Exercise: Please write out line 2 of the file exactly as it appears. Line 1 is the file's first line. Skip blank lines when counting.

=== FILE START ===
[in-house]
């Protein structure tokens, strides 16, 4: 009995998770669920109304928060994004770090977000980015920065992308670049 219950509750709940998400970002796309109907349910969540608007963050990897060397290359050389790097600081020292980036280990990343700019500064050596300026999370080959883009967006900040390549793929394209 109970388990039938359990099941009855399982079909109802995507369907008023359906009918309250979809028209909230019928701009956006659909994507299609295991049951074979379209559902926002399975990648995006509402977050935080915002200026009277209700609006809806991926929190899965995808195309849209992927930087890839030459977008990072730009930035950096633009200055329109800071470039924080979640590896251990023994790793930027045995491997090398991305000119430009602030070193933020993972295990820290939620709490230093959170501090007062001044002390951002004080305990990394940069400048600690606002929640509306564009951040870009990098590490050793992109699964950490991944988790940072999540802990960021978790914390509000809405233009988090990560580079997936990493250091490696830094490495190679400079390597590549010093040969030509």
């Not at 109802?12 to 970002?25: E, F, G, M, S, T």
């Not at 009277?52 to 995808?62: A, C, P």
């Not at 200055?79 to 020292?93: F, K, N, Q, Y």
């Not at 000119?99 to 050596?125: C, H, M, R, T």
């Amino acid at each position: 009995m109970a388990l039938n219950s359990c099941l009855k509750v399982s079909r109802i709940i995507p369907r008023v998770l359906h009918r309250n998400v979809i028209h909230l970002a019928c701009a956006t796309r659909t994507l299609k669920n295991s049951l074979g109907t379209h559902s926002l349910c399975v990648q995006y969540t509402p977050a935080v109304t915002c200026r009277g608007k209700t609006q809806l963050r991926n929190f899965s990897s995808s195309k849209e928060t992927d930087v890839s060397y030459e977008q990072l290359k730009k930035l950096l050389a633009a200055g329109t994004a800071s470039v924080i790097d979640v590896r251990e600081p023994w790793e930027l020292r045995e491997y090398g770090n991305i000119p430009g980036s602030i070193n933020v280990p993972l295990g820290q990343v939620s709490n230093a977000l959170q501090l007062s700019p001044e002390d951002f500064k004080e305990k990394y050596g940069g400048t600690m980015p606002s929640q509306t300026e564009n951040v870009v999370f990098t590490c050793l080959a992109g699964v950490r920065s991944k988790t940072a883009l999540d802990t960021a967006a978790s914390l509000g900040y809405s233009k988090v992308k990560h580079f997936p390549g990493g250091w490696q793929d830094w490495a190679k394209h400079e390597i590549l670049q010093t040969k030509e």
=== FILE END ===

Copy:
């Protein structure tokens, strides 16, 4: 009995998770669920109304928060994004770090977000980015920065992308670049 219950509750709940998400970002796309109907349910969540608007963050990897060397290359050389790097600081020292980036280990990343700019500064050596300026999370080959883009967006900040390549793929394209 109970388990039938359990099941009855399982079909109802995507369907008023359906009918309250979809028209909230019928701009956006659909994507299609295991049951074979379209559902926002399975990648995006509402977050935080915002200026009277209700609006809806991926929190899965995808195309849209992927930087890839030459977008990072730009930035950096633009200055329109800071470039924080979640590896251990023994790793930027045995491997090398991305000119430009602030070193933020993972295990820290939620709490230093959170501090007062001044002390951002004080305990990394940069400048600690606002929640509306564009951040870009990098590490050793992109699964950490991944988790940072999540802990960021978790914390509000809405233009988090990560580079997936990493250091490696830094490495190679400079390597590549010093040969030509």